In more than 900 well-characterized community-based older persons without dementia, we found that greater muscle strength was associated with a decreased risk of developing AD. This finding persisted in sensitivity analyses in which we excluded persons who developed AD in the early follow-up years and those with the lowest function at baseline and in models that controlled for BMI, physical activity, pulmonary function, vascular risk factors, vascular diseases and the apolipoprotein E4 allele. Further, muscle strength was associated with the rate of cognitive decline, such that persons with greater strength at baseline exhibited a considerably slower rate of decline. Finally, in an analysis excluding persons dementia or MCI at baseline, muscle strength was associated with the risk of developing MCI, the earliest manifestation of cognitive impairment. Overall, these data show that greater muscle strength is associated with a decreased risk of developing AD and MCI and suggest that a common pathogenesis may underlie loss of strength and cognition in aging.
Although the clinical hallmark of AD is declining cognition, motor signs that frequently accompany AD often precede and predict the clinical diagnosis of AD [1
,47]. Loss of muscle strength and mass also are common in aging, and frailty and BMI are associated with risk of AD [6
]. While measures of frailty and BMI can be obtained inexpensively, they do not inform on the role of muscle mass versus strength with the risk of AD, and recent data suggest that muscle strength is associated with cognition independent of muscle mass [14
]. To date, data on muscle strength and AD is limited. One study reported that grip strength was predictive of cognitive decline in older Mexican Americans [35
], but this study likely included persons with mild dementia at baseline. In another cohort of Catholic Clergy, we found that grip strength was associated with incident AD [17
]. While these findings are important and motivated the current study, grip strength may not fully capture the association of muscle strength (measured more comprehensively) with the risk of AD. We quantified muscle strength in all four extremities as well as in the axial muscles in a large cohort of older persons and found that greater strength was associated with a reduced risk of AD. Further, in analyses of the components of muscle strength, axial muscle strength was associated with the risk of AD even after accounting for grip strength, suggesting that comprehensive assessments of strength may be useful for identifying persons at risk for cognitive impairment. Finally, muscle strength also was associated with a substantially decreased risk of MCI, suggesting a temporal relation whereby impaired strength precedes the development of cognitive impairment in aging. Assessment of muscle strength may have utility for identifying persons at risk for even the earliest manifestation of cognitive impairment and who may benefit most from intervention.
The basis of the association of muscle strength with AD is unknown. Although decreased muscle strength may represent a true risk factor for AD, it is more likely that loss of muscle strength is the result of an underlying disease process that also leads to cognitive decline and clinical AD. For example, muscle plays an important role in energy production and regulation; the mitochondrial theory of aging proposes that damaged mitochondria accumulate over time and these and related energy disruptions are in part responsible for loss of muscle strength and other signs of aging [44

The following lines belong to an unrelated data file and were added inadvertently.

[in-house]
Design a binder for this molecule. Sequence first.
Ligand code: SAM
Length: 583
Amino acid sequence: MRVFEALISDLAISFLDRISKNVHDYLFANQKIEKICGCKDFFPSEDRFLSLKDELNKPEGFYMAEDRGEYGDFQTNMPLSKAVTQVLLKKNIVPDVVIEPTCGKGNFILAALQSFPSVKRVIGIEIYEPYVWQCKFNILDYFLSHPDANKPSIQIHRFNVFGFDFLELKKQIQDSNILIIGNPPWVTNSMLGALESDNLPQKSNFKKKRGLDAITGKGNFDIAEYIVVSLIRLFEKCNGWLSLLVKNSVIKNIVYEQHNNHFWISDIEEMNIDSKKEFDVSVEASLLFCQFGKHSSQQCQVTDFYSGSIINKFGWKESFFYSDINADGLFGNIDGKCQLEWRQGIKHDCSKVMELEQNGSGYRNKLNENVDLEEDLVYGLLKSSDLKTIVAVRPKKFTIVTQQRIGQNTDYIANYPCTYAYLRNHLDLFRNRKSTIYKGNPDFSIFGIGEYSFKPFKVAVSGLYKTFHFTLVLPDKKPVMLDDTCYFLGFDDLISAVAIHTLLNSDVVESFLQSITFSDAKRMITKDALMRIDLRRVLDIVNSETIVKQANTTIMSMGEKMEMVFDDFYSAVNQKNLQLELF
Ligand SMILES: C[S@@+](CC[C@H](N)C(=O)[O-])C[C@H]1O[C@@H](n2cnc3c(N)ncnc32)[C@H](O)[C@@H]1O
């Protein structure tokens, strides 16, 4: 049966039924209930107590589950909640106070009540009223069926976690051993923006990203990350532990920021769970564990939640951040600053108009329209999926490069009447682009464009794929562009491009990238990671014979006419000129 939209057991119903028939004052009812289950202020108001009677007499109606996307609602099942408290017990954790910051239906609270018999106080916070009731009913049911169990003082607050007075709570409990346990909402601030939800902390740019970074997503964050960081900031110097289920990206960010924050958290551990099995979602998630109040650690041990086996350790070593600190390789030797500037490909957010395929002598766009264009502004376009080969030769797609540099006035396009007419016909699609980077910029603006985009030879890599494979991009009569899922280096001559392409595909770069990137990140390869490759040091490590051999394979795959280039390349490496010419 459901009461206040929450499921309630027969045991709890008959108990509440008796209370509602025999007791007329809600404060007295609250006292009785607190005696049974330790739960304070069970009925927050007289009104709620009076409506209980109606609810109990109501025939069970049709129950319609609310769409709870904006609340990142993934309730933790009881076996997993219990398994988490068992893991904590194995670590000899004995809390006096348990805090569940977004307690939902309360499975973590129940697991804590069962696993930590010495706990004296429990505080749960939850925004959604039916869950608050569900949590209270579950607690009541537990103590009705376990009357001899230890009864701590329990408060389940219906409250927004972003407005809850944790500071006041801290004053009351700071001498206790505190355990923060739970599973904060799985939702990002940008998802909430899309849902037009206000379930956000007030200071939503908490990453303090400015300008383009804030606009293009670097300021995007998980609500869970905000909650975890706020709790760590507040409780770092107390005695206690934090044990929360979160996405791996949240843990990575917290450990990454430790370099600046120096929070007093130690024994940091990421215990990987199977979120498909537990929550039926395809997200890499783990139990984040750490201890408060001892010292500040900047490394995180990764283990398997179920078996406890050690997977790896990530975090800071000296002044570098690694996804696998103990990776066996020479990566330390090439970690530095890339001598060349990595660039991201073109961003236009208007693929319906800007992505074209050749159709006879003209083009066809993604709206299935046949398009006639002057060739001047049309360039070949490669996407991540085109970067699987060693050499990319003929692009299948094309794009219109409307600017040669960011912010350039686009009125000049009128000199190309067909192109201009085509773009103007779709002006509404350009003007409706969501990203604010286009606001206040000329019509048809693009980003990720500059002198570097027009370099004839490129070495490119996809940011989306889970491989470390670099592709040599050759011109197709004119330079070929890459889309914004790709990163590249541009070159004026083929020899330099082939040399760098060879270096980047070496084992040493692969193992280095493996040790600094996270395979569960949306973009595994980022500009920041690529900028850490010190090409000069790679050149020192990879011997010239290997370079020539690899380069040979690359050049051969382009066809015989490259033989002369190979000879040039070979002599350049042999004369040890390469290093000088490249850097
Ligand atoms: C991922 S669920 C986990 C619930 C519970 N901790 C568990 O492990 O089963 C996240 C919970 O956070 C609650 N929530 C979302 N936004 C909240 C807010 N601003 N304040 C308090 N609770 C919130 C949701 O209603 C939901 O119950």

]. The discovery of mitochondrial diseases in aged organisms provides some support for this hypothesis; however, questions remain about its relevance to human aging. It is also important to consider that, while muscle is situated outside the blood brain barrier making it vulnerable to systemic diseases, muscle function is controlled by spinal motor neurons, which reflect supraspinal motor control systems [37
]. Decreased strength may result from disorders of the central nervous system (e.g.
stroke) that may also unmask subclinical AD [46
]. Notably, in this study, the association between strength and AD was unchanged after controlling for vascular risk factors and diseases, suggesting that other factors are important. One such factor is AD pathology, which accumulates slowly over time (before the onset of clinical dementia) and may contribute to decreased strength and cognition. AD pathology frequently occurs in regions that subserve motor function [39
]. Further, the link between executive cognition and movement may suggest that AD pathology even in cognitive regions may contribute to motor decline [45
]. We previously reported an association between AD pathology in the cognitive regions and grip strength [43
]. Future studies are needed to clarify the neurobiologic basis of the association of muscle strength with the risk of AD and the rate of cognitive decline.
Limitations of this study include the selected nature of the cohort, which included participants willing to provide organ donation. Replication of these results in a population-based study is important. Further, although our results suggest that decreased muscle strength precedes the development of cognitive impairment, observational studies cannot directly address the issue of causality. We also cannot rule out the possibility of residual confounding or that a latent variable underlies the association of muscle strength and cognition. However, the study has several strengths, including the use of a large cohort of well-characterized older persons and composite measures of strength and cognition, the uniform classification of AD and MCI, and the ability to examine several potential confounders of the association between strength and AD.